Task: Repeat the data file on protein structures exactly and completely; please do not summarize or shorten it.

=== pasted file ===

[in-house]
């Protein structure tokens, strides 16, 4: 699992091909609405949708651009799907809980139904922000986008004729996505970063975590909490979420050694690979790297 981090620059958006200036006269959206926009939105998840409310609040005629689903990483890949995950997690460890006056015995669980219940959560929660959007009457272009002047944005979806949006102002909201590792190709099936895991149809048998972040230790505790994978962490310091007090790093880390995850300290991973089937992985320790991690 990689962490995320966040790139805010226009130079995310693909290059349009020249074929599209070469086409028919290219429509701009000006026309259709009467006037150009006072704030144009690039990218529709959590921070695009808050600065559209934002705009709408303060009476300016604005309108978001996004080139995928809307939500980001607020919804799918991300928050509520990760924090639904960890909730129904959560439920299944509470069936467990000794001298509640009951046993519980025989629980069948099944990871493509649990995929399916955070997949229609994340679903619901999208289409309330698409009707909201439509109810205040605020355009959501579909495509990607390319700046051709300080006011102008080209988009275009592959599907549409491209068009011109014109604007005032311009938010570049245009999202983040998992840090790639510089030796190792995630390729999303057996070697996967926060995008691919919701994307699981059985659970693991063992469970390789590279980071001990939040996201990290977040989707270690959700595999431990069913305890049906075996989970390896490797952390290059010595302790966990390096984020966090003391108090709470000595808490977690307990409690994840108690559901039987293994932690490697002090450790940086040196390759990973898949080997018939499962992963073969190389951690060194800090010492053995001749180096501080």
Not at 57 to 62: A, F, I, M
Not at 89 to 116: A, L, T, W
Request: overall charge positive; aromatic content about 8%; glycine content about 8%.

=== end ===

[in-house]
């Protein structure tokens, strides 16, 4: 699992091909609405949708651009799907809980139904922000986008004729996505970063975590909490979420050694690979790297 981090620059958006200036006269959206926009939105998840409310609040005629689903990483890949995950997690460890006056015995669980219940959560929660959007009457272009002047944005979806949006102002909201590792190709099936895991149809048998972040230790505790994978962490310091007090790093880390995850300290991973089937992985320790991690 990689962490995320966040790139805010226009130079995310693909290059349009020249074929599209070469086409028919290219429509701009000006026309259709009467006037150009006072704030144009690039990218529709959590921070695009808050600065559209934002705009709408303060009476300016604005309108978001996004080139995928809307939500980001607020919804799918991300928050509520990760924090639904960890909730129904959560439920299944509470069936467990000794001298509640009951046993519980025989629980069948099944990871493509649990995929399916955070997949229609994340679903619901999208289409309330698409009707909201439509109810205040605020355009959501579909495509990607390319700046051709300080006011102008080209988009275009592959599907549409491209068009011109014109604007005032311009938010570049245009999202983040998992840090790639510089030796190792995630390729999303057996070697996967926060995008691919919701994307699981059985659970693991063992469970390789590279980071001990939040996201990290977040989707270690959700595999431990069913305890049906075996989970390896490797952390290059010595302790966990390096984020966090003391108090709470000595808490977690307990409690994840108690559901039987293994932690490697002090450790940086040196390759990973898949080997018939499962992963073969190389951690060194800090010492053995001749180096501080």
Not at 57 to 62: A, F, I, M
Not at 89 to 116: A, L, T, W
Request: overall charge positive; aromatic content about 8%; glycine content about 8%.